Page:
Wednesday, November 13, 2013

In re Wright case brief

In re Wright case brief summary
999 F.2d 1557 (1993)

Appellant sought review of an order of the United States Patent and Trademark Office Board of Patent Appeals and Interferences sustaining the rejection of his claims directed to processes for producing vaccines against certain viruses as unsupported by an enabling disclosure.

Appellant filed claims to patent processes for producing vaccines against certain viruses, to patent vaccines produced by the processes, and to patent methods of using the vaccines. However, although appellant's specification provided a general description of the processes, vaccines and methods of use, he only provided one working example. Appellee Board thus rejected appellant's claims, since they were not supported by an enabling disclosure and since one of ordinary skill in the art would have to engage in undue experimentation to practice the subject matter of the claims given the breadth of the claims, the unpredictability in the art and the limited guidance provided by appellant in his application.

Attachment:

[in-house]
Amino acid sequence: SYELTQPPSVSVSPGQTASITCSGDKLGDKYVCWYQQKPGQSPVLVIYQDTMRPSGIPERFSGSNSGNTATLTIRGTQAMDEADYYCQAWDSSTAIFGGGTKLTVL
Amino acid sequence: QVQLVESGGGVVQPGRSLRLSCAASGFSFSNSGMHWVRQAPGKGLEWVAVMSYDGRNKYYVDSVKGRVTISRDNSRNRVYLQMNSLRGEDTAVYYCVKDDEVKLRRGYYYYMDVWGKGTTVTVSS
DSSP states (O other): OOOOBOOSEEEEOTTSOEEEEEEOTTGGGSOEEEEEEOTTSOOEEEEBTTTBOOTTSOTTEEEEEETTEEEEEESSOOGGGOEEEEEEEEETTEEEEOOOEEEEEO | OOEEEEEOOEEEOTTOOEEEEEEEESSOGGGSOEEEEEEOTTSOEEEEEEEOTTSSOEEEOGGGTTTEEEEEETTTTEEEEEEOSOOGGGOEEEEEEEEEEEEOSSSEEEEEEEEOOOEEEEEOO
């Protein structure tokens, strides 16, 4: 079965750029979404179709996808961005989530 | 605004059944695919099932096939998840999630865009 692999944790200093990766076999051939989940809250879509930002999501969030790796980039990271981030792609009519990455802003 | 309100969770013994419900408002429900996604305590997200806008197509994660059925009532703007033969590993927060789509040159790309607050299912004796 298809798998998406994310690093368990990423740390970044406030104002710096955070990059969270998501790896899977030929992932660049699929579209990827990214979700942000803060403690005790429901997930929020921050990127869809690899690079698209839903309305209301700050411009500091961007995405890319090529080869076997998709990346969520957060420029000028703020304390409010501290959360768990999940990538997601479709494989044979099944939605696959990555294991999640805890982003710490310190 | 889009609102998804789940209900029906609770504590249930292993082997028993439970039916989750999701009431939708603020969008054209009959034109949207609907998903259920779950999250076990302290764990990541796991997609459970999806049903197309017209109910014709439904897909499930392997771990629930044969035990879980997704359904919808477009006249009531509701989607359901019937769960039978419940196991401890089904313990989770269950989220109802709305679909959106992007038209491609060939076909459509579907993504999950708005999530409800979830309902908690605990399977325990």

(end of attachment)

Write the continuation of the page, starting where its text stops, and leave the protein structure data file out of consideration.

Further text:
The court affirmed, since appellee set forth a reasonable explanation as to why the claim was not adequately enabled by the description of the invention in the specification and appellant failed to provide suitable proofs indicating that the specification was enabling.

The order sustaining rejection of appellant's claims was affirmed because appellant failed to provide proofs indicating his specification was enabling.

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